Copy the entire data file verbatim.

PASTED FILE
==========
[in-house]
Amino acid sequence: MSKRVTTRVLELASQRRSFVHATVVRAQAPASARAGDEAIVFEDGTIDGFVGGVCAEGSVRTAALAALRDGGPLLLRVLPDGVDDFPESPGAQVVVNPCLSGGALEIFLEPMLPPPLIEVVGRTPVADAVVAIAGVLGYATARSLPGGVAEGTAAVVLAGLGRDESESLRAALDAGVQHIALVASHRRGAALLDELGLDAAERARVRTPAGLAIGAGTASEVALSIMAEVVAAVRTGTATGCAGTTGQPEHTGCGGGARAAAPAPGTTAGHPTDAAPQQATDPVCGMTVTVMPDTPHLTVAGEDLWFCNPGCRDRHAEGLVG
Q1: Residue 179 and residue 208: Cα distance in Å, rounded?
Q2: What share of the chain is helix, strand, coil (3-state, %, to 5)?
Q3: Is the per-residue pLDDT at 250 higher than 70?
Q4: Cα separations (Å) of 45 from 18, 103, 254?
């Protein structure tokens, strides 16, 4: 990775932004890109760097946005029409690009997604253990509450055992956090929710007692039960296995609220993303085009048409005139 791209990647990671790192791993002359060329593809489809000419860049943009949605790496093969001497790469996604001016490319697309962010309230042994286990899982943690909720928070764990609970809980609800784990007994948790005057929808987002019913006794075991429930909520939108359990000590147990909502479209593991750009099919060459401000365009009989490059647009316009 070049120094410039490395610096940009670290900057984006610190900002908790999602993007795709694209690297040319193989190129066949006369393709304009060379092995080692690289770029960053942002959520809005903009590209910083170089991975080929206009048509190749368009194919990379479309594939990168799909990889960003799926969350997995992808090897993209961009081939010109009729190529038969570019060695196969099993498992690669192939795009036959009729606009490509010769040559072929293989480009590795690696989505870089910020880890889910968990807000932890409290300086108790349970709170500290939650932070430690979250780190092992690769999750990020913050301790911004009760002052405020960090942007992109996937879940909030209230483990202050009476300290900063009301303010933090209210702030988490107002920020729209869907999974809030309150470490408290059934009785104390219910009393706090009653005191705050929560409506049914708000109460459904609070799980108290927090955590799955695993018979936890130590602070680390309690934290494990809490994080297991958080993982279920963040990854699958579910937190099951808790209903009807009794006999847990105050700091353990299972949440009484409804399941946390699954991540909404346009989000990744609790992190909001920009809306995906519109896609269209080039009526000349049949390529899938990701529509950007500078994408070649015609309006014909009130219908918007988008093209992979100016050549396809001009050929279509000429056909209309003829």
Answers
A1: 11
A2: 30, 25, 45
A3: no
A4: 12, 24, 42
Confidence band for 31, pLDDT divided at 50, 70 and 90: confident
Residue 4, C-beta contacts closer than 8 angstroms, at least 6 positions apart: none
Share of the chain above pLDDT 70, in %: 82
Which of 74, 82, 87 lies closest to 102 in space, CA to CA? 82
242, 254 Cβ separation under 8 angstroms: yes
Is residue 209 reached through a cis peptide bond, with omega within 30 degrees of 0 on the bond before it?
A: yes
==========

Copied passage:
[in-house]
Amino acid sequence: MSKRVTTRVLELASQRRSFVHATVVRAQAPASARAGDEAIVFEDGTIDGFVGGVCAEGSVRTAALAALRDGGPLLLRVLPDGVDDFPESPGAQVVVNPCLSGGALEIFLEPMLPPPLIEVVGRTPVADAVVAIAGVLGYATARSLPGGVAEGTAAVVLAGLGRDESESLRAALDAGVQHIALVASHRRGAALLDELGLDAAERARVRTPAGLAIGAGTASEVALSIMAEVVAAVRTGTATGCAGTTGQPEHTGCGGGARAAAPAPGTTAGHPTDAAPQQATDPVCGMTVTVMPDTPHLTVAGEDLWFCNPGCRDRHAEGLVG
Q1: Residue 179 and residue 208: Cα distance in Å, rounded?
Q2: What share of the chain is helix, strand, coil (3-state, %, to 5)?
Q3: Is the per-residue pLDDT at 250 higher than 70?
Q4: Cα separations (Å) of 45 from 18, 103, 254?
């Protein structure tokens, strides 16, 4: 990775932004890109760097946005029409690009997604253990509450055992956090929710007692039960296995609220993303085009048409005139 791209990647990671790192791993002359060329593809489809000419860049943009949605790496093969001497790469996604001016490319697309962010309230042994286990899982943690909720928070764990609970809980609800784990007994948790005057929808987002019913006794075991429930909520939108359990000590147990909502479209593991750009099919060459401000365009009989490059647009316009 070049120094410039490395610096940009670290900057984006610190900002908790999602993007795709694209690297040319193989190129066949006369393709304009060379092995080692690289770029960053942002959520809005903009590209910083170089991975080929206009048509190749368009194919990379479309594939990168799909990889960003799926969350997995992808090897993209961009081939010109009729190529038969570019060695196969099993498992690669192939795009036959009729606009490509010769040559072929293989480009590795690696989505870089910020880890889910968990807000932890409290300086108790349970709170500290939650932070430690979250780190092992690769999750990020913050301790911004009760002052405020960090942007992109996937879940909030209230483990202050009476300290900063009301303010933090209210702030988490107002920020729209869907999974809030309150470490408290059934009785104390219910009393706090009653005191705050929560409506049914708000109460459904609070799980108290927090955590799955695993018979936890130590602070680390309690934290494990809490994080297991958080993982279920963040990854699958579910937190099951808790209903009807009794006999847990105050700091353990299972949440009484409804399941946390699954991540909404346009989000990744609790992190909001920009809306995906519109896609269209080039009526000349049949390529899938990701529509950007500078994408070649015609309006014909009130219908918007988008093209992979100016050549396809001009050929279509000429056909209309003829």
Answers
A1: 11
A2: 30, 25, 45
A3: no
A4: 12, 24, 42
Confidence band for 31, pLDDT divided at 50, 70 and 90: confident
Residue 4, C-beta contacts closer than 8 angstroms, at least 6 positions apart: none
Share of the chain above pLDDT 70, in %: 82
Which of 74, 82, 87 lies closest to 102 in space, CA to CA? 82
242, 254 Cβ separation under 8 angstroms: yes
Is residue 209 reached through a cis peptide bond, with omega within 30 degrees of 0 on the bond before it?
A: yes